From a capitalist perspective, it stuns me that there is such a potentially lucrative unmet need out there, and no one appears to be making an effort to fill it. Hence my desperate plea to future mental health professionals. We need you so badly.

I’ve seen so many therapists who did not spot my autism and sent me on wild goose chases that did not result in any healing or answers. I am trying to find a counselor who takes my insurance and has experience with autism. But so far they’re either not accepting new patients, or they don’t take insurance and want to charge anywhere from $150 to $250 per session, which makes them well out of reach to the majority of us. I’ve also looked for support groups, and they are, indeed, out there. For an equally high fee.

I know I’ll get hooked into the system, however flimsy it may be, eventually. But I’m struggling right now, and crashing into brick walls at every turn. Advocating for myself is stressful and exhausting. I cannot imagine how someone who is even less functional would be able to handle it. I’m sure many give up in despair.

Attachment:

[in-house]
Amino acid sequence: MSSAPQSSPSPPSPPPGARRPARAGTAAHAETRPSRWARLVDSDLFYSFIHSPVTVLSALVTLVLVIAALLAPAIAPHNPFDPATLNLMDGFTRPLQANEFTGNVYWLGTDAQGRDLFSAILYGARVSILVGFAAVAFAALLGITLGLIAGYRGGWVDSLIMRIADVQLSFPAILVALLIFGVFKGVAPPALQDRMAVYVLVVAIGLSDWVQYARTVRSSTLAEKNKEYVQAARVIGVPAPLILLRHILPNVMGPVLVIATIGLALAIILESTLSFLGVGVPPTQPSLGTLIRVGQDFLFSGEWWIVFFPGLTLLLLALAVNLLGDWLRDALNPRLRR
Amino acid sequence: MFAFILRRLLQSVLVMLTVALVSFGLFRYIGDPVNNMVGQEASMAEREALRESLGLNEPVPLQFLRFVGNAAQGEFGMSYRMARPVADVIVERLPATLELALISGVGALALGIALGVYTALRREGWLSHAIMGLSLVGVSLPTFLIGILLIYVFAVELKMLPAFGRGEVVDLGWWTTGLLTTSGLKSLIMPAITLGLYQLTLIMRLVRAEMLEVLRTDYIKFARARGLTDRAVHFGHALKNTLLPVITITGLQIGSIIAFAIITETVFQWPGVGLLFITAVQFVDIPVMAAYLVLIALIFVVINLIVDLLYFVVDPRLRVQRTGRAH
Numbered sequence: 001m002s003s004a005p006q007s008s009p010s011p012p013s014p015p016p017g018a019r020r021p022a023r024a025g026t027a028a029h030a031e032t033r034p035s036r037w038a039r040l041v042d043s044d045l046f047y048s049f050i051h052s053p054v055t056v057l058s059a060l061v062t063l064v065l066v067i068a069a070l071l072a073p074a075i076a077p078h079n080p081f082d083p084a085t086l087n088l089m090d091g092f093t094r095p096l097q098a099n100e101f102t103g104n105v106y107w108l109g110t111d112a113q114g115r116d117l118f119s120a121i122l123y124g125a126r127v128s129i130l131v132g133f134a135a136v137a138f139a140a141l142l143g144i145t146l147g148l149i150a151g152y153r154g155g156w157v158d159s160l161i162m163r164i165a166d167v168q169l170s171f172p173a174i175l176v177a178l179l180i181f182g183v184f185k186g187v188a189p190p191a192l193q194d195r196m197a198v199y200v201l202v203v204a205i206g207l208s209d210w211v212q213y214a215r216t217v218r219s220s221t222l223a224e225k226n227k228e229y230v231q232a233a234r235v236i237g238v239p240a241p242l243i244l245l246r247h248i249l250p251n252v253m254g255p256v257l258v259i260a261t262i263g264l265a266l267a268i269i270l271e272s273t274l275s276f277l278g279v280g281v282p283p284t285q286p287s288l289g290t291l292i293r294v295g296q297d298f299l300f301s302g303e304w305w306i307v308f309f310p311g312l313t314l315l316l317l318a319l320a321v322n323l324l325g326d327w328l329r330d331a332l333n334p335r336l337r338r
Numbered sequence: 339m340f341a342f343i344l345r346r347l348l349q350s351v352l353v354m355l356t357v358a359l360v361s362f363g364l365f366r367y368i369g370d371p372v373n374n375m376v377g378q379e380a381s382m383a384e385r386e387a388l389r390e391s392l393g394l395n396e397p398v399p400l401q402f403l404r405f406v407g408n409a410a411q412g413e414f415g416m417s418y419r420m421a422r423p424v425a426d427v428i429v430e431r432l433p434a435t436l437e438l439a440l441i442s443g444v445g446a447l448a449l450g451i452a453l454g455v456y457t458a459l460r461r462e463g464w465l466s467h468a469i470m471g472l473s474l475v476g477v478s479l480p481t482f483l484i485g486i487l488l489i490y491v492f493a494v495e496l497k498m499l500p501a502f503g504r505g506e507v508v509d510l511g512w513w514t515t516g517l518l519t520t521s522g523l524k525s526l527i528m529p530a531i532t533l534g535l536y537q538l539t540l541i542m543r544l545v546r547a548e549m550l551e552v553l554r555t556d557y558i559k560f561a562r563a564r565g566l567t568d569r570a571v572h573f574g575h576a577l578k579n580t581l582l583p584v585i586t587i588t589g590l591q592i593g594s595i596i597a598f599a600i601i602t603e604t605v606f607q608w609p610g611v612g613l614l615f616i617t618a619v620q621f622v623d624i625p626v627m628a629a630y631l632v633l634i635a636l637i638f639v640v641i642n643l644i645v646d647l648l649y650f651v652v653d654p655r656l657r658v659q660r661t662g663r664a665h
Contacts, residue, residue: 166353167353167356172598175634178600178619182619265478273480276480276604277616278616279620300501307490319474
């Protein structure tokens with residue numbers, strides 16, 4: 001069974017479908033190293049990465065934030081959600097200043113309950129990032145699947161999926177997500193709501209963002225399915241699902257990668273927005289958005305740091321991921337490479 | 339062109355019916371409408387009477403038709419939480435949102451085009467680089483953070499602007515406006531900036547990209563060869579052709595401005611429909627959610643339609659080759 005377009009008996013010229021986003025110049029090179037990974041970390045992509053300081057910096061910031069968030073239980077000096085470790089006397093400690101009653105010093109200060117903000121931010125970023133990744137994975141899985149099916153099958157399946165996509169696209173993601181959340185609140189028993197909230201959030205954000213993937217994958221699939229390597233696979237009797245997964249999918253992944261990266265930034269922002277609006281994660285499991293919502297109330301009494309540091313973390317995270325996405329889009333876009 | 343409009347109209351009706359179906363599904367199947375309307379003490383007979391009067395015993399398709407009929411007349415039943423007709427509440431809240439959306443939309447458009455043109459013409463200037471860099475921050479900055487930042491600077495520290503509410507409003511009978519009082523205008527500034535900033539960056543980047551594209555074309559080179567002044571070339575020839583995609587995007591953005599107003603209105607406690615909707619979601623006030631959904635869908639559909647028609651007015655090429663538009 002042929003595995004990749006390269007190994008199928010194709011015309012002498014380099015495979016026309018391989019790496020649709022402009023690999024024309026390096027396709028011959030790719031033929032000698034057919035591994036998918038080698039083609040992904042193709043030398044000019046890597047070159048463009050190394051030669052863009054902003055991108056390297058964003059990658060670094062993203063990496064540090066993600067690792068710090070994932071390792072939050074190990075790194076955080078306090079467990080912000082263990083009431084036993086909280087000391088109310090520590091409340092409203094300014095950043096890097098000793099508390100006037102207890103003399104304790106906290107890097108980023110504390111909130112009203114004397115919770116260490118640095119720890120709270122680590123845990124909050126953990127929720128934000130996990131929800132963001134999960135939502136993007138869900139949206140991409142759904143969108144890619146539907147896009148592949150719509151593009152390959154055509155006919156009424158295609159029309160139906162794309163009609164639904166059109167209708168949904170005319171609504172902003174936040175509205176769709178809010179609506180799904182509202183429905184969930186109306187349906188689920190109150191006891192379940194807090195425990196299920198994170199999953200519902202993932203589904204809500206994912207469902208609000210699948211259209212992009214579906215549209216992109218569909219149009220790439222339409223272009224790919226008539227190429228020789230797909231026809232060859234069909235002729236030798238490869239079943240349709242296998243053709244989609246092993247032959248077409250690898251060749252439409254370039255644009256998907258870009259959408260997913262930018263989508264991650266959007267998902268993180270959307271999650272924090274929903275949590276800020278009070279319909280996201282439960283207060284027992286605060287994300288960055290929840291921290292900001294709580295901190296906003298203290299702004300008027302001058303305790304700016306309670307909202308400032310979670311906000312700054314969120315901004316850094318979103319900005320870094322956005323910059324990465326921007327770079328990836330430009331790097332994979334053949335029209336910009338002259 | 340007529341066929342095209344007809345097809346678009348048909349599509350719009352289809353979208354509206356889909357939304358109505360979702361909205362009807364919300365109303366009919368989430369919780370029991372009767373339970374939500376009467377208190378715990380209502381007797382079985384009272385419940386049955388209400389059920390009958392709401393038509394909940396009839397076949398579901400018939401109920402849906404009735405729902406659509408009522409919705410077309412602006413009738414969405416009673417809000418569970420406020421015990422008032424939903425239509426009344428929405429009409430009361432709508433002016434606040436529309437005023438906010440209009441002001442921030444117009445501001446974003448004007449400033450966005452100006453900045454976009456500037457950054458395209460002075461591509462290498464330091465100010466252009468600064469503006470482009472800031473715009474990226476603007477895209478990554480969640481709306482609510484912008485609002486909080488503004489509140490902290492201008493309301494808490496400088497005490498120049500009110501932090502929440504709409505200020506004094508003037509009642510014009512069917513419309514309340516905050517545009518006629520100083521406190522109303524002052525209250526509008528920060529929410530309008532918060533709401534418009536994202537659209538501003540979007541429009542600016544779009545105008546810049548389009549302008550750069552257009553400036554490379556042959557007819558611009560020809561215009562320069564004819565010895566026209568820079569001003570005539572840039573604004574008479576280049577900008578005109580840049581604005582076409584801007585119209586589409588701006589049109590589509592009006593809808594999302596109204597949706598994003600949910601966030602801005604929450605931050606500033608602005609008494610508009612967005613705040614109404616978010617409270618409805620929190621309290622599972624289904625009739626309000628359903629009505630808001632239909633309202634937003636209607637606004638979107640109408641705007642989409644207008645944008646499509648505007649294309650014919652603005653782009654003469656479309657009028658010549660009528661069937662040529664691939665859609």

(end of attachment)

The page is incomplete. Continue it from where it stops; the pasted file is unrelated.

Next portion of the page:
There is a tsunami of adult autistic trauma out there. If you don’t believe me, check out this YouTube video by Orion Kelly about Autism and Self Hatred. It’s heartbreaking to hear this man suffering so profoundly. He does videos about autism on a regular basis, and they’re raw and vulnerable and honest and enlightening. But this one, in particular, is gut-wrenching.

Even if you don’t have time to watch his video, I urge you to scroll down on its page and read some of the 1,442 comments that it has garnered at the time of this writing. Being autistic can come with a lot of baggage. Spending so much time trying to be something you’re not while trying so hard not to be a burden is stressful and exhausting. That in turn causes health issues.